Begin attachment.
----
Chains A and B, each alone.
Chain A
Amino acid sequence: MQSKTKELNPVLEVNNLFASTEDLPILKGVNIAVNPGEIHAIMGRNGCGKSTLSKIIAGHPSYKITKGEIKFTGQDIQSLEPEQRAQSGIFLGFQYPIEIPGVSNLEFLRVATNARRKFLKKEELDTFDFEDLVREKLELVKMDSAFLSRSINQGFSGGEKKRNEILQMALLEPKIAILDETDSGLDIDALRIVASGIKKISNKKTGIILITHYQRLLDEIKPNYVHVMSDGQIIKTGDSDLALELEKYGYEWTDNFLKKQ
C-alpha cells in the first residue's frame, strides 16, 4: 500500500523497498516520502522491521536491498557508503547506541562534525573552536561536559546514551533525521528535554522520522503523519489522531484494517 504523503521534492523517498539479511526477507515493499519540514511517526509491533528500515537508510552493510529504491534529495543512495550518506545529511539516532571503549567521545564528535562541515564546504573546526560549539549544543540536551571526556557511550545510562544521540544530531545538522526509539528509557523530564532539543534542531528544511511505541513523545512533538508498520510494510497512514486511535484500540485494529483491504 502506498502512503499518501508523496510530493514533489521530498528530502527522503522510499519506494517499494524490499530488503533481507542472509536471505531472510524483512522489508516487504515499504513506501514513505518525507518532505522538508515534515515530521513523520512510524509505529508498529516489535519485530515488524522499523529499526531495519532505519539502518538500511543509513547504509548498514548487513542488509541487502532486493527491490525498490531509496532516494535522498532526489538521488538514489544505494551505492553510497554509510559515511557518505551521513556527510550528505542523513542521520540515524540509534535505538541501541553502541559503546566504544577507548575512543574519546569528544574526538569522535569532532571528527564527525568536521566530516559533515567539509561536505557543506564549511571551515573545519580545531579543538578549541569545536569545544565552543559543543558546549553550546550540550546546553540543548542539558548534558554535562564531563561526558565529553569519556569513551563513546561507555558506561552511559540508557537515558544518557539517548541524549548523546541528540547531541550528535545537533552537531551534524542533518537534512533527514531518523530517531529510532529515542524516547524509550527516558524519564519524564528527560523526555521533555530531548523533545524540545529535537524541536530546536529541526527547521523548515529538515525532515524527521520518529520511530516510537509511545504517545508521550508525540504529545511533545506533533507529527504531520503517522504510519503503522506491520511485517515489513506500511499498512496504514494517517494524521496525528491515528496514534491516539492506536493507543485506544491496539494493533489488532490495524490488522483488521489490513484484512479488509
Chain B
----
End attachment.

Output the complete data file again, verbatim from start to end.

Chains A and B, each alone.
Chain A
Amino acid sequence: MQSKTKELNPVLEVNNLFASTEDLPILKGVNIAVNPGEIHAIMGRNGCGKSTLSKIIAGHPSYKITKGEIKFTGQDIQSLEPEQRAQSGIFLGFQYPIEIPGVSNLEFLRVATNARRKFLKKEELDTFDFEDLVREKLELVKMDSAFLSRSINQGFSGGEKKRNEILQMALLEPKIAILDETDSGLDIDALRIVASGIKKISNKKTGIILITHYQRLLDEIKPNYVHVMSDGQIIKTGDSDLALELEKYGYEWTDNFLKKQ
C-alpha cells in the first residue's frame, strides 16, 4: 500500500523497498516520502522491521536491498557508503547506541562534525573552536561536559546514551533525521528535554522520522503523519489522531484494517 504523503521534492523517498539479511526477507515493499519540514511517526509491533528500515537508510552493510529504491534529495543512495550518506545529511539516532571503549567521545564528535562541515564546504573546526560549539549544543540536551571526556557511550545510562544521540544530531545538522526509539528509557523530564532539543534542531528544511511505541513523545512533538508498520510494510497512514486511535484500540485494529483491504 502506498502512503499518501508523496510530493514533489521530498528530502527522503522510499519506494517499494524490499530488503533481507542472509536471505531472510524483512522489508516487504515499504513506501514513505518525507518532505522538508515534515515530521513523520512510524509505529508498529516489535519485530515488524522499523529499526531495519532505519539502518538500511543509513547504509548498514548487513542488509541487502532486493527491490525498490531509496532516494535522498532526489538521488538514489544505494551505492553510497554509510559515511557518505551521513556527510550528505542523513542521520540515524540509534535505538541501541553502541559503546566504544577507548575512543574519546569528544574526538569522535569532532571528527564527525568536521566530516559533515567539509561536505557543506564549511571551515573545519580545531579543538578549541569545536569545544565552543559543543558546549553550546550540550546546553540543548542539558548534558554535562564531563561526558565529553569519556569513551563513546561507555558506561552511559540508557537515558544518557539517548541524549548523546541528540547531541550528535545537533552537531551534524542533518537534512533527514531518523530517531529510532529515542524516547524509550527516558524519564519524564528527560523526555521533555530531548523533545524540545529535537524541536530546536529541526527547521523548515529538515525532515524527521520518529520511530516510537509511545504517545508521550508525540504529545511533545506533533507529527504531520503517522504510519503503522506491520511485517515489513506500511499498512496504514494517517494524521496525528491515528496514534491516539492506536493507543485506544491496539494493533489488532490495524490488522483488521489490513484484512479488509
Chain B